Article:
Definition of mucilage in English:

mucilage

noun

  • 1[mass noun] A viscous secretion or bodily fluid.

    • ‘They say that things are on the way out when you produce volumes of clear mucilage.’
    • ‘It has also been suggested that it reduces soil mechanical impedance by means of its secretion of slimy mucilage and by the sloughing of border cells.’
    • ‘The mucilage is probably secreted by this apical cell.’
    • ‘Additional mucilage is secreted by rhizosphere microbes.’
    • ‘The root cap covers the root tip and secrets mucilage which facilitates the movement of the growing roots in the soil.’
    1. 1.1 A polysaccharide substance extracted as a viscous or gelatinous solution from plant roots, seeds, etc., and used in medicines and adhesives.
      • ‘It will thus be a very useful new tool in, for example, investigations of the effects of changing environmental conditions on the metabolism of mucilage and other polysaccharides.’
      • ‘This folk remedy has not been well studied, but it appears to work because it contains mucilage, sugar molecules that soothe inflamed membranes.’
      • ‘Do not place tulips in containers with any flowers in the Narcissus genus (paperwhites, daffodils, etc.) which have just been cut, as the mucilage they exude can adversely affect tulips' vase life.’
      • ‘The mucilage sap of narcissi can adversely affect other flowers by clogging their water-uptake channels.’
      • ‘Dietary fibre consists of plant material such as cellulose, hemicellulose, pectin, polysaccharides, gums, mucilage and lignin.’
      • ‘Coltsfoot combines an expectorant action with a soothing, healing quality thought to be due to its high mucilage content.’
      • ‘The name originally applied to a mucilage extracted from a red seaweed of the genus Eucheuma.’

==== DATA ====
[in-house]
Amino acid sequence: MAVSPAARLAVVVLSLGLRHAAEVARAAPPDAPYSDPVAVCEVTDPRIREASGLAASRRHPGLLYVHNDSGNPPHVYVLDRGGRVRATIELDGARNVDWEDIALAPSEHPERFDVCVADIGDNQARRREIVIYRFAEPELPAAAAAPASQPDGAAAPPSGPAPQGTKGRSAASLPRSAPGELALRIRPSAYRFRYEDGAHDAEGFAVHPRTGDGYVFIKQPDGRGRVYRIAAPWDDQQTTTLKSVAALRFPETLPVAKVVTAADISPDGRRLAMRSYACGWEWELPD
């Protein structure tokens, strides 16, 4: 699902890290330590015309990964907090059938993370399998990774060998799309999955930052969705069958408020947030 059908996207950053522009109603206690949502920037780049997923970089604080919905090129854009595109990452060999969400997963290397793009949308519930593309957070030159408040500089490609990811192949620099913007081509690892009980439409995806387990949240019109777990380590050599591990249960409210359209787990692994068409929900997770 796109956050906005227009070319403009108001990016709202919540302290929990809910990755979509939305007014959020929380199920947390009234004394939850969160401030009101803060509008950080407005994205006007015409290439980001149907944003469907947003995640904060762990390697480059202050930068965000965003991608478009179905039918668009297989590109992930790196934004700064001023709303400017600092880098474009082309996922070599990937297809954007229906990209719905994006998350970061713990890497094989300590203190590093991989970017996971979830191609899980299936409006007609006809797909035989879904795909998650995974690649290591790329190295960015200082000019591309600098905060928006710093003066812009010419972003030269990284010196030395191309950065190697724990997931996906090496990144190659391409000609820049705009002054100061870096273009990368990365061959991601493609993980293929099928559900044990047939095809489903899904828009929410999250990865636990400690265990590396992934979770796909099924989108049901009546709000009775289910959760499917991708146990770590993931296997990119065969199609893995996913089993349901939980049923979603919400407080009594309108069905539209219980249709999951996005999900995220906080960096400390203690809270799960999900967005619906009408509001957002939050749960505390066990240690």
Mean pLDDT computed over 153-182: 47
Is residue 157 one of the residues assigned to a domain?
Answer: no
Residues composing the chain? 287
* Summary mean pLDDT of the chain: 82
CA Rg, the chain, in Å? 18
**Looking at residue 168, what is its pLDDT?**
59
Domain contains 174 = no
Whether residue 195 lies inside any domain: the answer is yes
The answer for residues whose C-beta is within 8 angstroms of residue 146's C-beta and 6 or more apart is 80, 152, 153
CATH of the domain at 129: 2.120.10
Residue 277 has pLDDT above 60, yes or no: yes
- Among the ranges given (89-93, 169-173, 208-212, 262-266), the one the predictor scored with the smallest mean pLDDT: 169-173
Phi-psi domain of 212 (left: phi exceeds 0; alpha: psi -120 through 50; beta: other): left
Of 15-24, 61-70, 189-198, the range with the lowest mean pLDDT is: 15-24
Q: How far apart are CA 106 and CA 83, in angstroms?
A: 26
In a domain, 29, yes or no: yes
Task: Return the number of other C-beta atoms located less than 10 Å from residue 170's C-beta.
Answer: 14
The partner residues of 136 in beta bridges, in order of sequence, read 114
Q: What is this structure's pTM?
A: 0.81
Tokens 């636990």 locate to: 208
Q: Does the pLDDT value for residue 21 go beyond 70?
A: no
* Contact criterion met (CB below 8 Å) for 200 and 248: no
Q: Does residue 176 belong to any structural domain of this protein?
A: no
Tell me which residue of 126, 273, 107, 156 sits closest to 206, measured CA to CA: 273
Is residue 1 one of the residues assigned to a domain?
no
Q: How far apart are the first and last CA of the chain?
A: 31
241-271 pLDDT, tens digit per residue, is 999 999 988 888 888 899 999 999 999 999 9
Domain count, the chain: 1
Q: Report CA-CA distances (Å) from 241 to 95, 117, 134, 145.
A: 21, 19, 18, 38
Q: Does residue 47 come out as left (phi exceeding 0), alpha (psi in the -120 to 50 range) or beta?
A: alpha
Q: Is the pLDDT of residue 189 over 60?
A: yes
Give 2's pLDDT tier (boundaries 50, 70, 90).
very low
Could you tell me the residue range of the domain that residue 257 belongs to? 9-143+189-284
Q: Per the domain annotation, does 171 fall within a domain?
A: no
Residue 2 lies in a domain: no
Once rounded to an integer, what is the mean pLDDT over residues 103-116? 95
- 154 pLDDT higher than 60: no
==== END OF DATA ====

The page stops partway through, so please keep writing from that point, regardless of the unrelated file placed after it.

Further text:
• ‘The root contains mucilage, which is used in China for sizing paper.’
      • ‘These cells disperse into mucilage, which can attract or repel certain microorganisms within the immediate surroundings of the root.’
      • ‘The mucilage from the bark of this American elm has wonderfully strengthening and healing qualities.’
      • ‘The procedure was repeated several times in order to remove the large amount of mucilage present in jute bark.’
    2. 1.2North American An adhesive solution; gum or glue.
      • ‘Didn't we (and by that I mean anyone over 50) used to use mucilage in grade school art class?’
      • ‘You have to be of a certain age to remember when every household had one or more bottles of mucilage to stick stamps to envelopes.’
      • ‘With HotKeys, you can pretty much keep on working even if a fun-loving but unscrupulous co-worker puts mucilage in your mouse.’
      • ‘Mrs. Williams also brought a pair of blunt-edged scissors, and some mucilage - a thick, brownish liquid that oozed out through a slit in the rubber-slanted cover when you pressed on it just right.’
      • ‘Because If I see you even take one step out of that chair, I'm going to hog-tie you and gag you, but not before I clamp your jaws shut with mucilage!’
      glue, adhesive, fixative, paste, cement, resin, epoxy resin, superglue
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Origin

Late Middle English: via French from late Latin mucilago musty juice, from Latin mucus (see mucus).

Pronunciation:

mucilage

/ˈmjuːsɪlɪdʒ/